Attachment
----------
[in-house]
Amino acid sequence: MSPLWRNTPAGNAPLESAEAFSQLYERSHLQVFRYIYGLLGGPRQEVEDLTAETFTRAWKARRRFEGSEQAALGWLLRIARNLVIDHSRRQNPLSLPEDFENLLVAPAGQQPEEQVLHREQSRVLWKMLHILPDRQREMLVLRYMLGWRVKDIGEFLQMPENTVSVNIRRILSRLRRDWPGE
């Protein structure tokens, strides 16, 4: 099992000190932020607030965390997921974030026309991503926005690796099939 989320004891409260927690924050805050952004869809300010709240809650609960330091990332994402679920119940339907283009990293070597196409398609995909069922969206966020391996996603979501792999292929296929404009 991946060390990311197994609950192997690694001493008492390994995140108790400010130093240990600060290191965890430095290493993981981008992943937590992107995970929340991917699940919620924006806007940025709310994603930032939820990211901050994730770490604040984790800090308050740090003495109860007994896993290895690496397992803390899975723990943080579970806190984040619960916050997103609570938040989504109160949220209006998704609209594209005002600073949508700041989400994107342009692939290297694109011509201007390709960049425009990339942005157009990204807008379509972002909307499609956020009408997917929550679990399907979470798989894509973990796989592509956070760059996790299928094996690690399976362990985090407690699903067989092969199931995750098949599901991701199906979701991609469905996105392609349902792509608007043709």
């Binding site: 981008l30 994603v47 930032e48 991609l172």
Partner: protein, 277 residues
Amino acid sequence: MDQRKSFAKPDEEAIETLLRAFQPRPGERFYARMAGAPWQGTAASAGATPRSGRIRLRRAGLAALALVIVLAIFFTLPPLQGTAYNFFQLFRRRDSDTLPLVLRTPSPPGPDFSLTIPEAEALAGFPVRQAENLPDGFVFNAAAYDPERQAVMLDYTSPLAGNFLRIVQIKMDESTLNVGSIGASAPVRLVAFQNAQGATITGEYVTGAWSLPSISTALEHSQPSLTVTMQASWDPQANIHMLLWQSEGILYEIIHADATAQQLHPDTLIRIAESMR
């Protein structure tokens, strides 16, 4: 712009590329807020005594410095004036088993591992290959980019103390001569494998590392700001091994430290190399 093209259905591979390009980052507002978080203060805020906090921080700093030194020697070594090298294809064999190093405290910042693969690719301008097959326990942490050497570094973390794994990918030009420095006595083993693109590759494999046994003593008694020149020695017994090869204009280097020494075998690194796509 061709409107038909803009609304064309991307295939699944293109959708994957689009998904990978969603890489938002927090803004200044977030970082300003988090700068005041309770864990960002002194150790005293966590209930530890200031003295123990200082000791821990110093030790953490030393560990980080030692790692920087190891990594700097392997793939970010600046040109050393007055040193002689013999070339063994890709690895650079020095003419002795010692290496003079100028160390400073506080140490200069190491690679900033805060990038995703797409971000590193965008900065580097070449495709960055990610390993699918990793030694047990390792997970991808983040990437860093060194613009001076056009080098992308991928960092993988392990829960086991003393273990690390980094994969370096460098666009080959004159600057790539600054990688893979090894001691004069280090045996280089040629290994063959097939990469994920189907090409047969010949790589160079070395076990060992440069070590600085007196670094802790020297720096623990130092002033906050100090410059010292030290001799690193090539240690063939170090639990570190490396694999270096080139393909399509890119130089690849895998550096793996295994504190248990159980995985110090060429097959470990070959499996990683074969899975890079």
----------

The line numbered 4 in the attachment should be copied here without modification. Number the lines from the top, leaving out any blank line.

């Binding site: 981008l30 994603v47 930032e48 991609l172």